• inclusion of building equipment and services as well as the building envelope in energy efficiency ratings
  • improving the accuracy of building performance assessments and ratings through consistent measurement and reporting
  • encouraging innovation and flexibility to meet defined performance standards
  • increasing compatibility amongst rating tools used for existing and new buildings
  • inclusion of broader sustainability issues over time including the level of greenhouse gas emissions generated and water used by buildings
  • continuation of star ratings approach to communicating building performance
  • facilitating effective monitoring and compliance

Other potential changes flagged include:

  • Consistent rating methodology, including appropriate normalisation, to ensure that ratings are meaningful and buildings can be fairly compared around Australia.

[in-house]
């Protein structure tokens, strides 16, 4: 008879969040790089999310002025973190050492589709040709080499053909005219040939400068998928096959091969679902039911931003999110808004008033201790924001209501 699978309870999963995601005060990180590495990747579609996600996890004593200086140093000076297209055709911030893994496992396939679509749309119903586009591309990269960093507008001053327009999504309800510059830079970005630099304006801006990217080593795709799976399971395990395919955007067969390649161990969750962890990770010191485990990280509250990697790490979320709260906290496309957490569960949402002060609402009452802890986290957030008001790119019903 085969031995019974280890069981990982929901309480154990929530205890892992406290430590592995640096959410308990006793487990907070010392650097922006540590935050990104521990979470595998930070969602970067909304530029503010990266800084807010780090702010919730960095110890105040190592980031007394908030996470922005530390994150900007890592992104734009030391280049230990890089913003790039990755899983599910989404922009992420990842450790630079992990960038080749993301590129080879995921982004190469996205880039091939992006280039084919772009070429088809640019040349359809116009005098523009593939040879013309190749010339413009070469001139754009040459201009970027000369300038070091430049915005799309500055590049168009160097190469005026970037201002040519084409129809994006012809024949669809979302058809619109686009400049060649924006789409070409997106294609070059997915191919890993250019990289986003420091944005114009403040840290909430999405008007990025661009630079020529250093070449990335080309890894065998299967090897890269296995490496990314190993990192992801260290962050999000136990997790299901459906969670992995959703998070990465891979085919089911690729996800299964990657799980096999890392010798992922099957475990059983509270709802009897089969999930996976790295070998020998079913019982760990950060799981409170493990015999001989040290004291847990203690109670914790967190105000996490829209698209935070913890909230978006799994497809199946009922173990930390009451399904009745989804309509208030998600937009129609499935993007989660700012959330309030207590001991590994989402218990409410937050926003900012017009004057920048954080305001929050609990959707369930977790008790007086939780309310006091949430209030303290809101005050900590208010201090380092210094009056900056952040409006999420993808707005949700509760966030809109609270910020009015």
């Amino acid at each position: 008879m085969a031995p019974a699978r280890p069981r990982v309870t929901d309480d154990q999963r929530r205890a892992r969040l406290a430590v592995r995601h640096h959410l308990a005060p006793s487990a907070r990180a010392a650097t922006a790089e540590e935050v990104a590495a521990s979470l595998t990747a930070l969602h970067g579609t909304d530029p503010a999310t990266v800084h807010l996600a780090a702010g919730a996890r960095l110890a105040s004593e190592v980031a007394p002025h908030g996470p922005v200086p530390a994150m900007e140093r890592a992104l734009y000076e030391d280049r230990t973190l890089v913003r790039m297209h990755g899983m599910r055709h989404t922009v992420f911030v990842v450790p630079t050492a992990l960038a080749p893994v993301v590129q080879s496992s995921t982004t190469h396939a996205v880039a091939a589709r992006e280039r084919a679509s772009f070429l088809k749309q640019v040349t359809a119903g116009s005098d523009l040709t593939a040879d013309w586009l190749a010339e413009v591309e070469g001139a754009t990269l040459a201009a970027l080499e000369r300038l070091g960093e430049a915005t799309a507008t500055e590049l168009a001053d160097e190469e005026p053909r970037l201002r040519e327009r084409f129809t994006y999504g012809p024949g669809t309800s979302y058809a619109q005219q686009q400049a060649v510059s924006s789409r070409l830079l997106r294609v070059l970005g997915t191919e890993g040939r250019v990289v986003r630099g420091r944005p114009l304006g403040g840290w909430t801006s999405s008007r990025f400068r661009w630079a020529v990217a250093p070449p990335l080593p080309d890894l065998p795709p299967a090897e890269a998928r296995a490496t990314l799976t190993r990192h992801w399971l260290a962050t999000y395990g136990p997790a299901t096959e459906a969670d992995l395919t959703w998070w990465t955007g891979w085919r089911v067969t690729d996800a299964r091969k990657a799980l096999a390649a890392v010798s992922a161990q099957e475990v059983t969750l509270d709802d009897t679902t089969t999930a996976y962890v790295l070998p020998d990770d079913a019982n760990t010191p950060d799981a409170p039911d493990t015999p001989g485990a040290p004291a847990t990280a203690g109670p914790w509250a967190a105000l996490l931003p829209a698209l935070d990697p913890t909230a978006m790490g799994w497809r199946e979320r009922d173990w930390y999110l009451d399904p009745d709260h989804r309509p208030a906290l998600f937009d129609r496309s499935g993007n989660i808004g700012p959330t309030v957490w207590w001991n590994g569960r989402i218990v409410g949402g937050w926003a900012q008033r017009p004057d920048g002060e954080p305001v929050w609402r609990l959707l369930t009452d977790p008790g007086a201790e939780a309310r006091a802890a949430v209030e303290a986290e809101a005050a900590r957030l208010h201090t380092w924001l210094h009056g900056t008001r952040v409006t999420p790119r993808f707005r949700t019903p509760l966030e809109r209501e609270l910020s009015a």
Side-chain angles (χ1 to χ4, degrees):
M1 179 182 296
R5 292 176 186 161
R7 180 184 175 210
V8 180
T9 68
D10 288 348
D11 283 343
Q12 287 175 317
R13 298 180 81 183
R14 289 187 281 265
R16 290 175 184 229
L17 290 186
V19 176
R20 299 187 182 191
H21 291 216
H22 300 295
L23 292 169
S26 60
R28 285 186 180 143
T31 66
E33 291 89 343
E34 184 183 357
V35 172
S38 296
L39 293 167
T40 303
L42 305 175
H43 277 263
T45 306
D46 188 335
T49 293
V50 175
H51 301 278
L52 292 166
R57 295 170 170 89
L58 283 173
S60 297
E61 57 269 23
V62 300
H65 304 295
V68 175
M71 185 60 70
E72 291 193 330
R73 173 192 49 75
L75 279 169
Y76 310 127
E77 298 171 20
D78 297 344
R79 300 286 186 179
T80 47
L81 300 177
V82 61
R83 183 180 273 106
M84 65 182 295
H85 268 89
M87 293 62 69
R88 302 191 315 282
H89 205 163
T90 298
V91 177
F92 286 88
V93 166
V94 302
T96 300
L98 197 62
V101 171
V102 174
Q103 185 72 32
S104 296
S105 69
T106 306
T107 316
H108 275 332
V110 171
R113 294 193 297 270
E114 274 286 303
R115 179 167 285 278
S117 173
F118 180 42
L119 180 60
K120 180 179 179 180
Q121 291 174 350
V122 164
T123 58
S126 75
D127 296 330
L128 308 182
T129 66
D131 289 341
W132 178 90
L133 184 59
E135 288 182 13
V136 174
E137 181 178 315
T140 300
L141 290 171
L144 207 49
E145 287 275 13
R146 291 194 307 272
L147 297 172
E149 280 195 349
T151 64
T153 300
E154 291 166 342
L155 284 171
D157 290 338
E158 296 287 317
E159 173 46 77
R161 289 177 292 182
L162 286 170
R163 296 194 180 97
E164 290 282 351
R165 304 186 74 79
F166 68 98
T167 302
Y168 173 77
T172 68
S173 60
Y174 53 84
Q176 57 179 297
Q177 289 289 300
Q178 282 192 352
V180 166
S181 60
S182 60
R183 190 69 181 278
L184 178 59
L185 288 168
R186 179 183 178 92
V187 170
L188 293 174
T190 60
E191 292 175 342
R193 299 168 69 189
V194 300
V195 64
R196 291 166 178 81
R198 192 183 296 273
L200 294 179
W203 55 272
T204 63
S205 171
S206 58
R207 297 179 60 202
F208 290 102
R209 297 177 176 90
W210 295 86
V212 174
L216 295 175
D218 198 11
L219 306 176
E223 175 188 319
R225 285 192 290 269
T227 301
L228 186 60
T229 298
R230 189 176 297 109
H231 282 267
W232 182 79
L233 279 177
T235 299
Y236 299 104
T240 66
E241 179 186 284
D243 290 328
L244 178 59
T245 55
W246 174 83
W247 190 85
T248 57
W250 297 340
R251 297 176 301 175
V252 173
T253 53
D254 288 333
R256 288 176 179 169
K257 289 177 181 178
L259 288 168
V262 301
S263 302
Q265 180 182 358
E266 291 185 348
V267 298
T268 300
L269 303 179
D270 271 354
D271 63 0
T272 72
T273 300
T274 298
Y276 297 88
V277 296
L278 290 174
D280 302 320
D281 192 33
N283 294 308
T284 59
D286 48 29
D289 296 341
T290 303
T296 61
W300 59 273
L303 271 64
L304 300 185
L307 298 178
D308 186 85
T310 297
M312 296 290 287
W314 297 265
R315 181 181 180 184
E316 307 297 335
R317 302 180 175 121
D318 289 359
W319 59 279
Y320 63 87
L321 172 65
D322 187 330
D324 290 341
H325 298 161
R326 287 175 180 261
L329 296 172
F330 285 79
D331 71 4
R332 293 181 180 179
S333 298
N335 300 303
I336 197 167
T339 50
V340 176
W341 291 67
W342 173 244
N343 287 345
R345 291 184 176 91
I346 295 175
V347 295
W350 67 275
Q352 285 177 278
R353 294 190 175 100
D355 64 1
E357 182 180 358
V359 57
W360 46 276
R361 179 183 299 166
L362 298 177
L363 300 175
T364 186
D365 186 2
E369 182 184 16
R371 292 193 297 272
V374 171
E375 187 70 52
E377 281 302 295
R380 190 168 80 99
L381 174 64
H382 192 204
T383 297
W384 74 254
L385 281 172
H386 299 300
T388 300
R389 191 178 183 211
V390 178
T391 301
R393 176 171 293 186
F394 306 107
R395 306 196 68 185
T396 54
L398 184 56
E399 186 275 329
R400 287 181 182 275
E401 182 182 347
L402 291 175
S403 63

• A consistent 10-star rating scale that includes quantitative information about the building’s performance for all building types.
  • The climate data used in rating tools regularly updated to take account of predicted climate change around Australia.
  • Alignment between pre-construction/design ratings and post- occupancy/operational ratings.
  • Flexibility in achieving building standards
  • Poor thermal efficiency not to be offset by installing highly efficient appliances or zero emissions energy generation, given the long life of the building envelope.
  • Building standards to be applied in particular locations tailored to the local climatic conditions, particularly in locations that are subject to extreme hot or cold weather events